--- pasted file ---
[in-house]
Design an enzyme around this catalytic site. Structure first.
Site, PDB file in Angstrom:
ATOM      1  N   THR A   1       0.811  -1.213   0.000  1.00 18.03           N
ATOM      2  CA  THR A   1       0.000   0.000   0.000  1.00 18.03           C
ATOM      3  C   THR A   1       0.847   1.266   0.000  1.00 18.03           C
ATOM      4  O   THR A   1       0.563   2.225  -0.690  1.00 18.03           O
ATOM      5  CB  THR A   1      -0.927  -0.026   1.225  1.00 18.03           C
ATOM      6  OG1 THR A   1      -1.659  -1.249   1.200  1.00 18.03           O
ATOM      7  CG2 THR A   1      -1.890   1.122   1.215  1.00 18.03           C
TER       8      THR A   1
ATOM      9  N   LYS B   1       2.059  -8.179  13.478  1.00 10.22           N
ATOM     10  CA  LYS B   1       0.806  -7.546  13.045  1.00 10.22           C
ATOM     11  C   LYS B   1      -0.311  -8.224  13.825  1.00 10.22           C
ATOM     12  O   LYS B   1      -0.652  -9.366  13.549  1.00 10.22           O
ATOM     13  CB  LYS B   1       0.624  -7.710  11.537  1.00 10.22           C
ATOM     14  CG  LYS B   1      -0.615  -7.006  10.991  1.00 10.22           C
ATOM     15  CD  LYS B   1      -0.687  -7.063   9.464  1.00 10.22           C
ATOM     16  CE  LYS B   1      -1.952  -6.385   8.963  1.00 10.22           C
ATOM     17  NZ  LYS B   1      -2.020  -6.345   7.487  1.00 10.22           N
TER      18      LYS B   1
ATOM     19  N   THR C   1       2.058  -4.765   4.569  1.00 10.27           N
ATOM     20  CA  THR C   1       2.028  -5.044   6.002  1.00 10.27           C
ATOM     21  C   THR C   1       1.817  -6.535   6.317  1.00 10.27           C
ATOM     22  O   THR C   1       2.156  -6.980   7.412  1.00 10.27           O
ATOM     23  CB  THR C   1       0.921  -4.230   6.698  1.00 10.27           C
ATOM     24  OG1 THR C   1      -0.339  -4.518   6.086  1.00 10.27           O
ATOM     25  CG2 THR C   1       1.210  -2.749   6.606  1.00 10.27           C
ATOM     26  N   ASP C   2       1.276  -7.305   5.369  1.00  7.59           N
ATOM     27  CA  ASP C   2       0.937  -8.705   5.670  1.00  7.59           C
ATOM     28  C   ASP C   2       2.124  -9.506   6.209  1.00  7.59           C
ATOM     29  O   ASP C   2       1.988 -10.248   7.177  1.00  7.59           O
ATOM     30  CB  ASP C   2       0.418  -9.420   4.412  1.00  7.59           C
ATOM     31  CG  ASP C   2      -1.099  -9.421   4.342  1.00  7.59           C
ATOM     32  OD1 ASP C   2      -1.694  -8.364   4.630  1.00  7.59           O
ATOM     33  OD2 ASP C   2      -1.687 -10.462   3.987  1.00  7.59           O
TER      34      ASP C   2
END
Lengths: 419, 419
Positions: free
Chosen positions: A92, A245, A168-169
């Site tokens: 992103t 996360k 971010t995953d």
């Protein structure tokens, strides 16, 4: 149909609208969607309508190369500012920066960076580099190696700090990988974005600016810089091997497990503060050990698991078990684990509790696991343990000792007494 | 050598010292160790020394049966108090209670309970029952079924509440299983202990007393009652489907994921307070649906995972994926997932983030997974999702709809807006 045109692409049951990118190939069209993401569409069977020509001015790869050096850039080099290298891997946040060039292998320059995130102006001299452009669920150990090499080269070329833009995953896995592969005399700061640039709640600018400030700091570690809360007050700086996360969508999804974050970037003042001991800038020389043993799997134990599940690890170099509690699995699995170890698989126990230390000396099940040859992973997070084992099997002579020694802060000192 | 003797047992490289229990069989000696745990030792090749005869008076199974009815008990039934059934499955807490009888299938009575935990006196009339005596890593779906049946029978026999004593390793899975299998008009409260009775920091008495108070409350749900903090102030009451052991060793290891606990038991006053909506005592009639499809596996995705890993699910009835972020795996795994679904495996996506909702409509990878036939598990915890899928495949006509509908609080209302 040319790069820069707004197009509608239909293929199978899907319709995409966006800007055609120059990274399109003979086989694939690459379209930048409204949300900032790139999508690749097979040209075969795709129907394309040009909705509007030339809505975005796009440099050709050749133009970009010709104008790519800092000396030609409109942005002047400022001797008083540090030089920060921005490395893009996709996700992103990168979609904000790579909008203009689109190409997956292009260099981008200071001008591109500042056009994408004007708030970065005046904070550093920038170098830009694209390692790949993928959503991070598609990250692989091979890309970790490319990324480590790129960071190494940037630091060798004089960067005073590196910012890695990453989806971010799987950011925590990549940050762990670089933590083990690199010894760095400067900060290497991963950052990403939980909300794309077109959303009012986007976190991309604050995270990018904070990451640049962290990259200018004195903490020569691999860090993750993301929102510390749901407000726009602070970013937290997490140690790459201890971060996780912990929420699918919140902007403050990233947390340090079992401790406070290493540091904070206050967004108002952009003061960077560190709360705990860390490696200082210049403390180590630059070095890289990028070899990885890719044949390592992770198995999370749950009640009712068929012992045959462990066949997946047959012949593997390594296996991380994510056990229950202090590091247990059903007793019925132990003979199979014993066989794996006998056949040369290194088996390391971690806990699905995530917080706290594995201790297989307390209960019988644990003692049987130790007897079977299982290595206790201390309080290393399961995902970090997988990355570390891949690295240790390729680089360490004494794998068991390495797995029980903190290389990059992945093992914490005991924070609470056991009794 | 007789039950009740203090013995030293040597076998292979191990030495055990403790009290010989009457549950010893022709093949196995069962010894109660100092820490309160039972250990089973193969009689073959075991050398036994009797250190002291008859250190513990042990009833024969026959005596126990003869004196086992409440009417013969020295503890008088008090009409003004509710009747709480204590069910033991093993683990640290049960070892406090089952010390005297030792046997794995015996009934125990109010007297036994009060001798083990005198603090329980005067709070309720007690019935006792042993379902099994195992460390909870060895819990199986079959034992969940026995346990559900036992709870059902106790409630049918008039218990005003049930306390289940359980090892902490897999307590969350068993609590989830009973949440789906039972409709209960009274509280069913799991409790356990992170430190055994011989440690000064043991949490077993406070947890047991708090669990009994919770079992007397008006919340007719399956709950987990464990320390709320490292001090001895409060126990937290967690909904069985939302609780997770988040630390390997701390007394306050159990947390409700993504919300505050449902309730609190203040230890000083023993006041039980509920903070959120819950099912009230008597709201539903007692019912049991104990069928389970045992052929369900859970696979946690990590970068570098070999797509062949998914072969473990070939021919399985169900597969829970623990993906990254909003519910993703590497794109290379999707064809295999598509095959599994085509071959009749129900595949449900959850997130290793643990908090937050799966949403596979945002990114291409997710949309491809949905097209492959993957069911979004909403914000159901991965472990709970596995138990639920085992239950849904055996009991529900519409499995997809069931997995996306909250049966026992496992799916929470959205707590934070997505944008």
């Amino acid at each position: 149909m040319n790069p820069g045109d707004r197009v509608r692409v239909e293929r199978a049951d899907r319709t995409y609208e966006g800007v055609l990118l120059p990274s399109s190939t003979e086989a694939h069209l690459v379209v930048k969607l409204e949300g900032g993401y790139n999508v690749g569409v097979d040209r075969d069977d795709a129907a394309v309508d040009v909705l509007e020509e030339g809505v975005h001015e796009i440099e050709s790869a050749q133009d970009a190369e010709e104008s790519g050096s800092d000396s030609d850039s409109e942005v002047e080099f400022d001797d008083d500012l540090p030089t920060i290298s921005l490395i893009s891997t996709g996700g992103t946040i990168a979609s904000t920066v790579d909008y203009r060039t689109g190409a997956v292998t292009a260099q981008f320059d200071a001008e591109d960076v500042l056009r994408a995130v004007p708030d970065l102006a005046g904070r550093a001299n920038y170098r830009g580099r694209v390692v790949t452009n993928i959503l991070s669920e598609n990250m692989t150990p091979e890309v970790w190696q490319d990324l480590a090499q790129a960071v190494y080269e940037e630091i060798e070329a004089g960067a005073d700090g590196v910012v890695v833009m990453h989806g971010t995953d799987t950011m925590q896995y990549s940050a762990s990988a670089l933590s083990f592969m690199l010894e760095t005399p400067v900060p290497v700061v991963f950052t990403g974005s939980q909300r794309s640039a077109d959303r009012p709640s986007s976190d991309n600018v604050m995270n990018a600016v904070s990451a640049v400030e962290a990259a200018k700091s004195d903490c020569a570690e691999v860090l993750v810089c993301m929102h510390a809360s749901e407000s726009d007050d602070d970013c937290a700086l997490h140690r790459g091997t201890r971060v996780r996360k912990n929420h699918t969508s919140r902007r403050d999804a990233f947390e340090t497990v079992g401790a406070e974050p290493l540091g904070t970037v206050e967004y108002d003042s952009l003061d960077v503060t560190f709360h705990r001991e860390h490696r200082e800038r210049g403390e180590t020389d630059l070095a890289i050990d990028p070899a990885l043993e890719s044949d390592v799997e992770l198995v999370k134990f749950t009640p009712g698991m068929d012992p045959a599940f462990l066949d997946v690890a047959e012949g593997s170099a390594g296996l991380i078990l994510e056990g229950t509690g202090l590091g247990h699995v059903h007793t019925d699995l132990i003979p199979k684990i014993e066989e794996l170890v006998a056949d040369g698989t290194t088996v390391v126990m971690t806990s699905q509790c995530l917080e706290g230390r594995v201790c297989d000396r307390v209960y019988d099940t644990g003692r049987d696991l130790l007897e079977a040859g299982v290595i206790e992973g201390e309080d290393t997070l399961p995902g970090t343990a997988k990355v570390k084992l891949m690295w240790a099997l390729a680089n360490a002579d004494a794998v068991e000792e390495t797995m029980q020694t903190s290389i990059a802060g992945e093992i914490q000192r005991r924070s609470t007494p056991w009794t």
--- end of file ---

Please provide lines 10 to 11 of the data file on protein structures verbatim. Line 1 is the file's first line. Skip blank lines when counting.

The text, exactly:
ATOM      7  CG2 THR A   1      -1.890   1.122   1.215  1.00 18.03           C
TER       8      THR A   1